# Is there any easy way to solve two equations with three unknowns?

Is there a way to solve the below simultaneous equations?

One possible solution is $a_1=20.0948$, $a_2=10.0948$, $a_3=6.3448$. The variables are actually dual variables of the binding constraints. The system of equations is actually encompassing the relationship between the dual variables.

$$a_1-a_2=10$$

$$a_3-a_2=3.75$$

One can also derive that:

$$a_1-a_3=6.25$$

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You have two equations and three unknowns. Does that sound solvable to you? – Arthur Jan 28 at 23:17
yes, by keeping one variable constant :) – Dirk Jan 28 at 23:18
I posted one of the solution to this equation. One can recognize a pattern in the solution. I wonder about the pattern in the solution. – Dirk Jan 28 at 23:21
You can think of a linear equation with three variables as a plane. If you solve two equations simultaneously, you are finding the intersection of two planes, which is (usually) a line. So you will have a 1D set of solutions, not just 1, – mlainz Jan 28 at 23:24
A set of solutions is true; but some how the dual variables are related with each other according to a implicit scaling factor. – Dirk Jan 28 at 23:28

This system has infinitely many solutions of the form $a_2=t$, $a_1=t+10$ and $a_3=t+3.75$. The solution set is in fact a line in $\mathbb R^3$ given by $(a_1,a_2,a_3)=(10,0,3.75)+t(1,1,1)$.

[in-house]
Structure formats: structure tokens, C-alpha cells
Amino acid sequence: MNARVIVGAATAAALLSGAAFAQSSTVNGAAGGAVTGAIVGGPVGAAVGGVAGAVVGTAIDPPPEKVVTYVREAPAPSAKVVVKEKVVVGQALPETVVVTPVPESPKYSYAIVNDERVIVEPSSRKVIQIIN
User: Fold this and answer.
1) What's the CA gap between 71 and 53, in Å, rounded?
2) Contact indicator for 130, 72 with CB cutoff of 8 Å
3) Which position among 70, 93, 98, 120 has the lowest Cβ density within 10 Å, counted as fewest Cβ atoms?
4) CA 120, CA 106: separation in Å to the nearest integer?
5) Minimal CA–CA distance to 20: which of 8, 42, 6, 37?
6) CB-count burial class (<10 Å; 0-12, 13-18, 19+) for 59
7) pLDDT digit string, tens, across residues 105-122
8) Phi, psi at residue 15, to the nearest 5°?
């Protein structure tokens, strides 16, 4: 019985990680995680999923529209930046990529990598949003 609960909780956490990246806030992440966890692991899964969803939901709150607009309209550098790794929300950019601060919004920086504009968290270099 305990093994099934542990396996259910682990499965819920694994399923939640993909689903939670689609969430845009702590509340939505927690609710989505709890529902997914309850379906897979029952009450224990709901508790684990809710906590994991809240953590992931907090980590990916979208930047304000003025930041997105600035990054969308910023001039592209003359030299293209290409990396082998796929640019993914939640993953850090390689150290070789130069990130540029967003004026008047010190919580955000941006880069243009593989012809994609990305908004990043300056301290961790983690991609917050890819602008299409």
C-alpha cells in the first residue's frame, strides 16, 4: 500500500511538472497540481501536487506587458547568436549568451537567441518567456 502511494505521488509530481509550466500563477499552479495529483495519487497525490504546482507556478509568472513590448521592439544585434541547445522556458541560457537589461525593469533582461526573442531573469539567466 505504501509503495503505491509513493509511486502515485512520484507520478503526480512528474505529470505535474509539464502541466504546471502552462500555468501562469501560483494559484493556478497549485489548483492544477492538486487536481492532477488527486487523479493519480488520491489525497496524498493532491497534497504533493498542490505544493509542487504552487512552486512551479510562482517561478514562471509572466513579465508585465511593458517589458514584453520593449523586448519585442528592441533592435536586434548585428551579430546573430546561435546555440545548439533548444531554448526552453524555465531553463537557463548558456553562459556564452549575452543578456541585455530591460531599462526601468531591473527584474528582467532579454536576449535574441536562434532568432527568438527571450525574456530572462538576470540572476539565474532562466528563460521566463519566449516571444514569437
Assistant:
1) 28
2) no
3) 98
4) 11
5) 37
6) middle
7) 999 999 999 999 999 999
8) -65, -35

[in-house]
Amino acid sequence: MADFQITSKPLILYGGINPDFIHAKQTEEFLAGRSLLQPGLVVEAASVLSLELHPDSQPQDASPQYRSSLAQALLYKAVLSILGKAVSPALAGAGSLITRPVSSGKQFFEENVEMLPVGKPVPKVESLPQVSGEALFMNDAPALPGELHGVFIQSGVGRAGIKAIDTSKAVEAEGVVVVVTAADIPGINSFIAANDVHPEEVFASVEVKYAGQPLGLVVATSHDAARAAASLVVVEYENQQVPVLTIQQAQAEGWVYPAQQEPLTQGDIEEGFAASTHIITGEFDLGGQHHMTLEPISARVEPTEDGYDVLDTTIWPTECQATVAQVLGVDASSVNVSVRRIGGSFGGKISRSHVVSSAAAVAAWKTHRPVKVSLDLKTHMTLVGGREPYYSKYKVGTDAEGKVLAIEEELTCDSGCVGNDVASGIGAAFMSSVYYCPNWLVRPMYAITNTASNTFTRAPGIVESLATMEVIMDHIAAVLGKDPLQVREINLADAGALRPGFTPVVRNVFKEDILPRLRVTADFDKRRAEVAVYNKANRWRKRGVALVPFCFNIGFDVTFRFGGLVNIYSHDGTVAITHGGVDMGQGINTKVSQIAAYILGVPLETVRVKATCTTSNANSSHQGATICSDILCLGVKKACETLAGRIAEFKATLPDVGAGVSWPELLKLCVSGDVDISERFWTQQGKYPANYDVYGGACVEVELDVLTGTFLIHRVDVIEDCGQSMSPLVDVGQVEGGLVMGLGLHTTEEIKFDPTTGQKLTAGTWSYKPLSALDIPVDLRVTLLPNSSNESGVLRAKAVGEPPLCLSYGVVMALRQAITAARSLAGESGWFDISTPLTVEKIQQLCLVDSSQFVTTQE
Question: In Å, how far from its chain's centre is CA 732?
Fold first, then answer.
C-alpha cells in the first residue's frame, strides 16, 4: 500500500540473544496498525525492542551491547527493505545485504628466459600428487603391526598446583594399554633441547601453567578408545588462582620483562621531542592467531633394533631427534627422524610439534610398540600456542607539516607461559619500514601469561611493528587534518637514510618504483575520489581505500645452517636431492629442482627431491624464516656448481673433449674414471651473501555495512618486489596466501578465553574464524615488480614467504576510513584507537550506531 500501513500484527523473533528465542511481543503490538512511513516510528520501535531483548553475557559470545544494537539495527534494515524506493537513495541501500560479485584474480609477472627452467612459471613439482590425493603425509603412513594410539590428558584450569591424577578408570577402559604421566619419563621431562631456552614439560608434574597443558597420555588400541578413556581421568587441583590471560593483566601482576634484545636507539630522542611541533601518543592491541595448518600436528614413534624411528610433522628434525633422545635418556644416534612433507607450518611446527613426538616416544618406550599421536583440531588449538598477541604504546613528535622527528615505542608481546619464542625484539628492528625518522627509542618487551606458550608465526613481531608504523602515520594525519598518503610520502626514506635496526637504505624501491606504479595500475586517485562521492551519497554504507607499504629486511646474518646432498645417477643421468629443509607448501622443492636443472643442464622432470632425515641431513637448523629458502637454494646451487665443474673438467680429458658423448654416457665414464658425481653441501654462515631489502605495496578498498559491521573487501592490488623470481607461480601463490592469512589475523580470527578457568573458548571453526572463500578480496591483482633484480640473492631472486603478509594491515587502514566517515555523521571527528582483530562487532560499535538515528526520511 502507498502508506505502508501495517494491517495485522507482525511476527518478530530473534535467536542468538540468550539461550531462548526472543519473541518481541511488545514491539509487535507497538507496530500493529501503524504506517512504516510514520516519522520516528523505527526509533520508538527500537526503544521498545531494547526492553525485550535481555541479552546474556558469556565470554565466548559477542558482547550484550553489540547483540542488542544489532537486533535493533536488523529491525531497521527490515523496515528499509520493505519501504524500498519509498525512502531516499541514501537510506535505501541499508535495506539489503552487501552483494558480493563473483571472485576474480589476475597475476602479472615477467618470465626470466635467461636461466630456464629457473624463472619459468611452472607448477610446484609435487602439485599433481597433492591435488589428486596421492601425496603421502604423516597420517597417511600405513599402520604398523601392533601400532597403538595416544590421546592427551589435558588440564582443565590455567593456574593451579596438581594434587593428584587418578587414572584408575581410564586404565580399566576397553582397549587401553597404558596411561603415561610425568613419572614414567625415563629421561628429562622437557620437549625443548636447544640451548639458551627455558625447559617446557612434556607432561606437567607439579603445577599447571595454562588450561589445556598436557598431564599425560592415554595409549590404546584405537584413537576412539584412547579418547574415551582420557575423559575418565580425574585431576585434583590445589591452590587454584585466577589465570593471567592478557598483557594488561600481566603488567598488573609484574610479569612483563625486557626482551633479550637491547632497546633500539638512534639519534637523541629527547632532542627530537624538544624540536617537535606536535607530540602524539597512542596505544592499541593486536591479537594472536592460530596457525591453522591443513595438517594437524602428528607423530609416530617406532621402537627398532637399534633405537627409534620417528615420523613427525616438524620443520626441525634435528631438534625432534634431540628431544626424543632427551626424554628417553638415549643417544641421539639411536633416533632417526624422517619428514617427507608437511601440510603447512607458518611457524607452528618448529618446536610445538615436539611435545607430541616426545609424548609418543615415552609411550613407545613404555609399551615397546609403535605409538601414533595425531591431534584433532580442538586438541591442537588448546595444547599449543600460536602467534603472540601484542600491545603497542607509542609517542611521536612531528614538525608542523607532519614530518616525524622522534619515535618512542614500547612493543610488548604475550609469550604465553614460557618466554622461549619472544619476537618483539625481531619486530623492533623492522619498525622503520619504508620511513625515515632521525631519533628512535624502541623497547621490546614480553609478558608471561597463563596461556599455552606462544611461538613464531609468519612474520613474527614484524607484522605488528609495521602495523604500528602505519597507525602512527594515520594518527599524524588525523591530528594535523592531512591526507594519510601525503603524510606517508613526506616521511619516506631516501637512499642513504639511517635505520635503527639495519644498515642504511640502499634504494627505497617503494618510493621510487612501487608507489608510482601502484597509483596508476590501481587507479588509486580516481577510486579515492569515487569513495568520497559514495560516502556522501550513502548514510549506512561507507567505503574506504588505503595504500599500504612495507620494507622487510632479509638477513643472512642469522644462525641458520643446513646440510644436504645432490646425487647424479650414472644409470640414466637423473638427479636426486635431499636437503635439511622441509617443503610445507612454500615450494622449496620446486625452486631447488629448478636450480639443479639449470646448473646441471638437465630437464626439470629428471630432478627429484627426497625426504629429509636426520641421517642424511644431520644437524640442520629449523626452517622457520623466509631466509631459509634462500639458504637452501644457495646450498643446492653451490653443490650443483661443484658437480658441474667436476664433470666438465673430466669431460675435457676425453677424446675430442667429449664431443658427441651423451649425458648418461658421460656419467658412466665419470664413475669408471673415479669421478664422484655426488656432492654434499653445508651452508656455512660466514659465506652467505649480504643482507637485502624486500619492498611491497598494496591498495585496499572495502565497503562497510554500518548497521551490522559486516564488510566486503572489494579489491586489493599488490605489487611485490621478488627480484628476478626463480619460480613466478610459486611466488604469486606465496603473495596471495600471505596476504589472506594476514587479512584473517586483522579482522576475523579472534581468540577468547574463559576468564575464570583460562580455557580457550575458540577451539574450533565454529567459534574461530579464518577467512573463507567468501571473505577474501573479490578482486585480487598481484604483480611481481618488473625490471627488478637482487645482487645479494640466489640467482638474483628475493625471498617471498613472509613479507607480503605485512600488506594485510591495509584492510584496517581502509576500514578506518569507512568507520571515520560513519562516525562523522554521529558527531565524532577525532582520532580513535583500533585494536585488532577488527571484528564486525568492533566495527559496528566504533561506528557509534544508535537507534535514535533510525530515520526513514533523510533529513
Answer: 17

It's vector notation. It means that the solution is a line that you get by starting in $(10,0,3.75)$ an continuing in the direction $(1,1,1)$ – mlainz Jan 28 at 23:34
You can give any value to $t$ and get a solution. For example: t=2, (10,0,3.75)+(2,2,2)=(12,2,5.75). – mlainz Jan 28 at 23:38
This is classically solved by looking at the augmented matrix associated to your system $$\left[\begin{array}{rrr|r} 1 & -1 & 0 & 10 \\ 0 & -1 & 1 & \frac{15}{4} \end{array}\right]$$ Using elementary row operations allows us to write our system in reduced row echelon form. In our case we have $$\DeclareMathOperator{rref}{rref}\rref \left[\begin{array}{rrr|r} 1 & -1 & 0 & 10 \\ 0 & -1 & 1 & \frac{15}{4} \end{array}\right] = \left[\begin{array}{rrrr} 1 & 0 & -1 & \frac{25}{4} \\ 0 & 1 & -1 & -\frac{15}{4} \end{array}\right]$$ This allows us to read off the solutions "cleanly". The reduced matrix corresponds to the equation $$\begin{bmatrix} a_1\\ a_2\\ a_3 \end{bmatrix} =\begin{bmatrix} 25/4+a_3\\ -15/4+a_3\\a_3 \end{bmatrix} = \begin{bmatrix} 25/4\\ -15/4\\ 0 \end{bmatrix} + a_3 \begin{bmatrix} 1\\ 1\\ 1 \end{bmatrix}\tag{1}$$ That is, plugging any choice of $a_3$ into (1) gives a solution. Thus the original system has infinitely many solutions.